SUNDAY MORNING: GO TO CHURCH
The church of Santa Marija in Mosta, known locally as the Mosta Dome, is impressive. It has the third largest dome in Europe and is visible from miles away. During the Second World War, a German bomb fell through its roof while 300 people were about to celebrate Mass, but it failed to explode and the faithful were saved. Open 9-11.45am and 3-5pm.
OUT TO BRUNCH
Go to Dingli cliffs on the south-west coast and order a hearty breakfast at Bobbyland (00 356 2145 2895). Alternatively, in the pretty village of Marsaxlokk, visit the Sunday-morning fish market on the quayside, then pick a table with a view at Carrubia, at 37 Xatt Is-Sajjieda (00 356 2165 0174), and spend LM1.35 (£1) on a full English breakfast.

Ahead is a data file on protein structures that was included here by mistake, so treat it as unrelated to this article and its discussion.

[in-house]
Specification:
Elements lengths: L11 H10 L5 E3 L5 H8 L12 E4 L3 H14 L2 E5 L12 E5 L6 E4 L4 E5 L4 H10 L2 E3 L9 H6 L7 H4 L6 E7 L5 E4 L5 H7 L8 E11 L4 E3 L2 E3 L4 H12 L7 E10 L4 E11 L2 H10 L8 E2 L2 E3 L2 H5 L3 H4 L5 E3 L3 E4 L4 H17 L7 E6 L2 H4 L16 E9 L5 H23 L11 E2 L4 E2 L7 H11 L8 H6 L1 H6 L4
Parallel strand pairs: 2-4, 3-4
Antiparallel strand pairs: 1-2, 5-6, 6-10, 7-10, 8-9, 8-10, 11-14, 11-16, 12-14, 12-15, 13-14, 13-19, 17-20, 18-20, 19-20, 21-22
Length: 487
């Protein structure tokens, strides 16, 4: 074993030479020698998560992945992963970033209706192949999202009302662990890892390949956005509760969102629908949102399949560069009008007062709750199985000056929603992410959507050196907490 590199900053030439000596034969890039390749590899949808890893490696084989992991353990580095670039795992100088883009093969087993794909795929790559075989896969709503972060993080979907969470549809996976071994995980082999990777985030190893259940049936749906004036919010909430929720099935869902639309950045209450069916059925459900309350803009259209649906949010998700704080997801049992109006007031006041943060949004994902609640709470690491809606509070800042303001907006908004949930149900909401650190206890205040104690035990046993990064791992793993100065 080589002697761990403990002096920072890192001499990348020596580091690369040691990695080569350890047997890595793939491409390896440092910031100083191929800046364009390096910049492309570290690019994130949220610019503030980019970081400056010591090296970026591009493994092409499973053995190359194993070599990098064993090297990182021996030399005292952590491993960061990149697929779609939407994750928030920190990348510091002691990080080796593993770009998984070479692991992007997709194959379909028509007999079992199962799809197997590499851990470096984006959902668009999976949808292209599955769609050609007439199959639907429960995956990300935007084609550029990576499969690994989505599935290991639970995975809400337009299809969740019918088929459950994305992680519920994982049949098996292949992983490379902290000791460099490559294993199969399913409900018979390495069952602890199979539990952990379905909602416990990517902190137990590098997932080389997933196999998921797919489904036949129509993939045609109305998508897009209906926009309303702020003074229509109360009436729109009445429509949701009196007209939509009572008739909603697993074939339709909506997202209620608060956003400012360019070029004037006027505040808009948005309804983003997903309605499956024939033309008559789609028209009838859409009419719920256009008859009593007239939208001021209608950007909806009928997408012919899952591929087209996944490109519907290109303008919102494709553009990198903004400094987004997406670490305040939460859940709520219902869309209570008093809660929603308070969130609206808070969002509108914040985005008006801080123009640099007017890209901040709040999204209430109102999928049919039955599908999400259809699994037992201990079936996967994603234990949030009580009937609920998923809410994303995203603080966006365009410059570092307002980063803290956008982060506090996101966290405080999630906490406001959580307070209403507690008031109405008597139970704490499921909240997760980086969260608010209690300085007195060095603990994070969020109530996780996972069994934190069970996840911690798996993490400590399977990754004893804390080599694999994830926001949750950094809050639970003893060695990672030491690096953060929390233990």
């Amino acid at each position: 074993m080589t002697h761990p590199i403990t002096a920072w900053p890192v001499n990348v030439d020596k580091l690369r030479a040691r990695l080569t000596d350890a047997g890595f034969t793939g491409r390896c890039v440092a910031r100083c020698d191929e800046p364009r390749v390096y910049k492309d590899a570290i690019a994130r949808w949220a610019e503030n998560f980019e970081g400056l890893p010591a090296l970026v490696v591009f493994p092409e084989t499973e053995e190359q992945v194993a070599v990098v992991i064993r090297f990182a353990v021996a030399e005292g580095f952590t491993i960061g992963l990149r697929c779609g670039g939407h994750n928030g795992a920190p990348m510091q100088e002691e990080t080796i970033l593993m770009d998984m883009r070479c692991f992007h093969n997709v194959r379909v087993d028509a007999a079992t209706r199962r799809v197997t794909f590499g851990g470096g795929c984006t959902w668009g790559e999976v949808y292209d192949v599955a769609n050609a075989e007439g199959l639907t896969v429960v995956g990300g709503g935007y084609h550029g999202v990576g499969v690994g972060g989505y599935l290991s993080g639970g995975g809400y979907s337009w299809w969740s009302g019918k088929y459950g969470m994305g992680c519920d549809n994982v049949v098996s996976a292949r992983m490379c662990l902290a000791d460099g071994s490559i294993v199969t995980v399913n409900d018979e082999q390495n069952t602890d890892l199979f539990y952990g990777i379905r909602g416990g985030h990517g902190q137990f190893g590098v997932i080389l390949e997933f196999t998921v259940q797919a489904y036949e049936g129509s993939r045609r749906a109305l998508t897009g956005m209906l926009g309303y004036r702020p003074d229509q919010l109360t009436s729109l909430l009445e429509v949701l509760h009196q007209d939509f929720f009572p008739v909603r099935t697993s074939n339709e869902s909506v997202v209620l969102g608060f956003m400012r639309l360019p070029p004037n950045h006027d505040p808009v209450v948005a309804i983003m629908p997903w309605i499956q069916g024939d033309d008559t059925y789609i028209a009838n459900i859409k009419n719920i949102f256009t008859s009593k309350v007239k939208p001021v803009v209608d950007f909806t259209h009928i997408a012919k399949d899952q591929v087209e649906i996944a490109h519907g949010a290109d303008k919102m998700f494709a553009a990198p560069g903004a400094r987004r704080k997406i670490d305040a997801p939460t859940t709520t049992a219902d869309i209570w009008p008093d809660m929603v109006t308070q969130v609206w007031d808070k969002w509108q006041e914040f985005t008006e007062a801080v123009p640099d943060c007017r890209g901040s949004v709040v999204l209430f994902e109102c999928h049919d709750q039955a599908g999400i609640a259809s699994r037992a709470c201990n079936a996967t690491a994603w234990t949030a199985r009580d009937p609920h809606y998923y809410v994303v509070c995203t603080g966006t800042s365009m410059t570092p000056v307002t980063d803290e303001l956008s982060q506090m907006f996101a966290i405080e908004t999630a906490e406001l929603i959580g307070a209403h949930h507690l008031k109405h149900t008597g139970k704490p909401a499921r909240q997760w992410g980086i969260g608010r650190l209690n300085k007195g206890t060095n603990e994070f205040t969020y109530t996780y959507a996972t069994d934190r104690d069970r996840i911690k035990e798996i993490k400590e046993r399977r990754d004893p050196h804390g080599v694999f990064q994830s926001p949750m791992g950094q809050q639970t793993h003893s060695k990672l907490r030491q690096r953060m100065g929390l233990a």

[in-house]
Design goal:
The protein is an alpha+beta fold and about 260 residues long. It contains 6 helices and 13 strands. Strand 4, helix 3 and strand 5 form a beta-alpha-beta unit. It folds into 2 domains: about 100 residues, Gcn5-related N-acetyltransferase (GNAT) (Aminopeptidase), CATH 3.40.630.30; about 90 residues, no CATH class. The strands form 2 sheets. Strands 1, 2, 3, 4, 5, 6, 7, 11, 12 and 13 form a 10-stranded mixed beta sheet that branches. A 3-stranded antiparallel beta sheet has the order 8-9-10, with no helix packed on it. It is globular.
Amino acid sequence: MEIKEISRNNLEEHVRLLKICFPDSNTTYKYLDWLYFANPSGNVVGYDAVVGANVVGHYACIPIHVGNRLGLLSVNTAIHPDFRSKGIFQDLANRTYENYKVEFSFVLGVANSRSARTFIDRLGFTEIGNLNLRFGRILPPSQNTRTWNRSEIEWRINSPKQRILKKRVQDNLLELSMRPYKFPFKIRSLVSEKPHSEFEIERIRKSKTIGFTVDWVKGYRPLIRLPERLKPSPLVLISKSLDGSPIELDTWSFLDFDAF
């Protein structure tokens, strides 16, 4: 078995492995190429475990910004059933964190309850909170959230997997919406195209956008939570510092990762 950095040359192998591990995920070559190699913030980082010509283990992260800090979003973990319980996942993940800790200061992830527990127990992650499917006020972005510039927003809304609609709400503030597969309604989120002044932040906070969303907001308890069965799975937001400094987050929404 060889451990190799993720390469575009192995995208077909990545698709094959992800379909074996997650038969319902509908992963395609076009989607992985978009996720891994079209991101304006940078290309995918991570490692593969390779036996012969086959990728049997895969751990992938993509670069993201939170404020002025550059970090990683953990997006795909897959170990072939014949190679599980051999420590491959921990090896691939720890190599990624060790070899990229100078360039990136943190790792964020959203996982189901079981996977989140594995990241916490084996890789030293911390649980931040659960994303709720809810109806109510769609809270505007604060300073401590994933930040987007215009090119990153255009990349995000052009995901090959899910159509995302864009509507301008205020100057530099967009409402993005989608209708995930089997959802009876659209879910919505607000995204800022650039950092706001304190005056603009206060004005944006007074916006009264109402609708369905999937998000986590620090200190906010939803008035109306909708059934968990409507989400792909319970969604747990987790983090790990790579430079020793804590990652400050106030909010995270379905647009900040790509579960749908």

A WALK IN THE PARK
A favourite Sunday outing is a picnic under the orange trees at Buskett Gardens, a lovely wooded area to the south-east of the island.
WRITE A POSTCARD
...from Gozo, a smaller, quieter island 25 minutes by boat to the north-west of Malta. Visit the walled citadel in Victoria, the main town, or the neolithic temple at Ggantija, or enjoy the beaches at Marsalforn, Xlendi or Ramla Bay. Boats depart at least every 45 minutes from Cirkewwa, which can be reached from Valletta on bus 45, and from Sliema on bus 645. Return boat tickets cost LM2 (£3), but are only sold on Gozo. Buses and taxis meet every arriving boat.
THE ICING ON THE CAKE
The tiny walled city of Mdina, once the island's capital, is a fascinating place to explore, with its historic buildings and winding streets. Locals will direct you to Fontanella at 1 Bastion Street, a popular café above the ramparts, and a great place to eat chocolate cake while admiring the view.